Sunday, October 18, 2020

Some thoughts on healing in community. Isaiah 35:3-6 for "Welcome to Sunday" on St Lukes Day 2020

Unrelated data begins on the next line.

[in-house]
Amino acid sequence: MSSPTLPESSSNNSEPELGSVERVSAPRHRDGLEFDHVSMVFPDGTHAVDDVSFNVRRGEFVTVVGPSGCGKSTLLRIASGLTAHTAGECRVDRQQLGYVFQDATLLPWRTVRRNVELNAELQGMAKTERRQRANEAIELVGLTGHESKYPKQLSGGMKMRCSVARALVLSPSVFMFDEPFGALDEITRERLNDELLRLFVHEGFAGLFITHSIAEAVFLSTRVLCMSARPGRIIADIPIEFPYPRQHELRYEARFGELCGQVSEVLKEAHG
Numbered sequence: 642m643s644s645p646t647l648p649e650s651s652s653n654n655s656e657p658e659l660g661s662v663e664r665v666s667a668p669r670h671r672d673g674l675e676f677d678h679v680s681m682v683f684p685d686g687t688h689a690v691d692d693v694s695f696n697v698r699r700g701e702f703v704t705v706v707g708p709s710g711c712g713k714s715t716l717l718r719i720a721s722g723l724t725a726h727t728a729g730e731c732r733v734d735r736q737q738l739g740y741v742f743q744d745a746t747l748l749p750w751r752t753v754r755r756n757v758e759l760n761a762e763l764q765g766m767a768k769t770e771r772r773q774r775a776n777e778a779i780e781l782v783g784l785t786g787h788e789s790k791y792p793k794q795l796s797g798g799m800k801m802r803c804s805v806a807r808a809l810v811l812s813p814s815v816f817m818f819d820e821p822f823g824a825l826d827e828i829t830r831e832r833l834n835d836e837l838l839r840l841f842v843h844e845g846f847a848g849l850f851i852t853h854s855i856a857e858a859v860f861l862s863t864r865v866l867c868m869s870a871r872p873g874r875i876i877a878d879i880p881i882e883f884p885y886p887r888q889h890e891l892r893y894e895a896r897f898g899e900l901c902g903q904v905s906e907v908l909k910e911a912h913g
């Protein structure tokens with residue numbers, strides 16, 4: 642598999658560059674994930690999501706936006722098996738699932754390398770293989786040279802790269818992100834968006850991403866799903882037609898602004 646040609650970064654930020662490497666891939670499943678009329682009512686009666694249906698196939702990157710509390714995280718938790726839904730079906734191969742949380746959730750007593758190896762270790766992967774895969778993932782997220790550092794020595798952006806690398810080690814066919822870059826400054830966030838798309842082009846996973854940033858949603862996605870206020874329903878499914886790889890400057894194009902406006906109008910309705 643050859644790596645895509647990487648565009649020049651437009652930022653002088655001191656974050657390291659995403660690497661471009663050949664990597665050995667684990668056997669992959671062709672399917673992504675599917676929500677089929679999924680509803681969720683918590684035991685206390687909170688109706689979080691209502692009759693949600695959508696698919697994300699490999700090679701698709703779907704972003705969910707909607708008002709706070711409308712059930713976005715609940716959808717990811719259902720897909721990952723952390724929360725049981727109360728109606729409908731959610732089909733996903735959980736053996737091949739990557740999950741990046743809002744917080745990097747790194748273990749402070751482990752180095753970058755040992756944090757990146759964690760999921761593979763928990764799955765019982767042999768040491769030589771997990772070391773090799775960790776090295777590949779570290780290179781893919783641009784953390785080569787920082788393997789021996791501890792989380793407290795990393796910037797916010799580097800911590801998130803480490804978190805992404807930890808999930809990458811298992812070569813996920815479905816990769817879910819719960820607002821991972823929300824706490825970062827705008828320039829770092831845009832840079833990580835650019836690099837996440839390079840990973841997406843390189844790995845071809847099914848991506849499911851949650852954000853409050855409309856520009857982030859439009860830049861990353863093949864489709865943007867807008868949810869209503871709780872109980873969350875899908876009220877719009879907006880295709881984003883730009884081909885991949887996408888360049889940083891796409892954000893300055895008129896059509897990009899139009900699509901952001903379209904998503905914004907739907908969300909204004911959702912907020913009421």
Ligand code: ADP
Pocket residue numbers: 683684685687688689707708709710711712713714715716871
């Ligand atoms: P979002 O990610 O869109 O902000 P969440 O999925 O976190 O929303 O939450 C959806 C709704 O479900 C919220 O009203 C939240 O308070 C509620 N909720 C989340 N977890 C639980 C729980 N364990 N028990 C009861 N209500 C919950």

I love that reading so very much.Usually I read it hearing Handel in the background, every sentence pointing towards the coming of Jesus and the moment when "he shall feed his flock like a shepherd", but today, as we celebrate St Luke and the ministry of healing, I’m wondering how we might make it our mission statement too, what it would mean if we tried to live into it day by day. Because, you see, there are many different kinds of healing. We are far too apt to equate healing with cure...and then to feel defeated when we pray for healing for those whom we love, but see no physical evidence that anything has changed. It’s a mystery why sometimes, against all expectations, prayers are answered immediately and obviously – but at others, those same prayers, offered with the same fervent intensity, seem to fall on deaf ears. We beg God to intervene, - but our sick friend gets sicker...and it makes no sense. Sometimes, though, we can recognise healing even when we find ourselves disappointed in the specifics of our hopes and prayers. I think of Tony, the first person whom I was privileged to accompany through their final illness and on towards death. He was so very scared in the first weeks after his cancer diagnosis, that even the most general enquiry as to how the week had been would see him shrink in to silent despair...He couldn’t bring himself to talk to his two sons, or to anyone else for that matter, so the weight of unspoken sadness burdened everyone. He was a much loved member of the church family in my curacy parish, and so we all prayed...and prayed...and Tony grew weaker and weaker...but somehow along the way, his faith and his courage returned. He and his boys found ways to say what they needed to one another and on Christmas day they shared a bottle of champagne and laughed as much as they cried. He went into the hospice that evening, and died two days later – restored to himself, whole in heart and mind, his fear gone, and replaced by love and peace. That was not a cure but I’m sure, so very very sure, that it WAS healing. And right now, of course, there is sickness in the very air that we breathe...both the virus itself and the way that it has robbed us of so much joy and hope, set communities against one another as we are asked to make agonising choices between life and liveliehood, separated families, left loved ones to die alone… And yes, we can and we should use today to pray for our health service – to give thanks for all those who tend the wounds of body and spirit, to ask that God will send wisdom and insight for those seeking prevention and cure for the virus...but while that very specific work of physical healing may be the preserve of those duly qualified, we ALL have a vocation to heal as God’s people, inspired by God’s spirit. We may be sad and have fearful hearts – but if we can look beyond ourselves, we can be part of God’s work of healing even now. We are called to be a community of hope...people who can see beyond the even the apparently insurmountable challenges of life in a pandemic, the signs of God’s kingdom breaking in. Another story, of going with my supervisor to see a wonderful elderly lady while I was on placement during training. She was utterly crippled with rheumatoid arthritis, and her house was a perfect timecapsule from the 1920s when her parents had moved in,. She had always been an invalid, never been able to get about, , had only rarely been able to attend the parish church which my supervisor and I represented, and yet she had an incredibly strong sense of commitment to that community, as it did to her. Judy, my supervisor, asked her to choose a Bible passage to hear, and passed it to me to read...the words we heard just now,. As I read I could feel the sense of hope getting ever stronger. It felt as if God was using my voice, Isaiahs worda, to speak directly to her. We all recognised that we were standing on holy ground, and after Communiin Iris said You see, that's what the church does for me, It strengthens my knees so I can pray, opens my eyes and my ears so I can understand the truth, and the speaks it, God IS coming. We WILL be saved. I dream of being part of that kind of church...where we can support one another to find healing in community, recognising that truly we are journeying together, dependent on each other, that only in community can we become agents of Gods healing today. So, how might we live to set the world free from whatever binds and restricts , tying neighbours down to be less than their true, God-given selves?... How might we open one another's eyes,, to recover sight and regain perspective, as we try to regain perspective ourselves.? One day I will need you to speak those words of hopee to me , perhaps the next I can speak them for you We all need God's healing, for body, mind and spirit, and together we carry the hope that this healing will come. So as in community we celebrate the good news that God is still at work, we can join with that work of the Spirit, so we too become physicians of the soul through the wholesome medicine of the gospel. Strengthen the weak hands and make firm the feeble knees There is good news which can refresh our world, so that desolate places, desolate people can flourish again as water springs up in the wilderness. Healing is so much greater than cure, and it's is healing that our God offers to us and to all creation.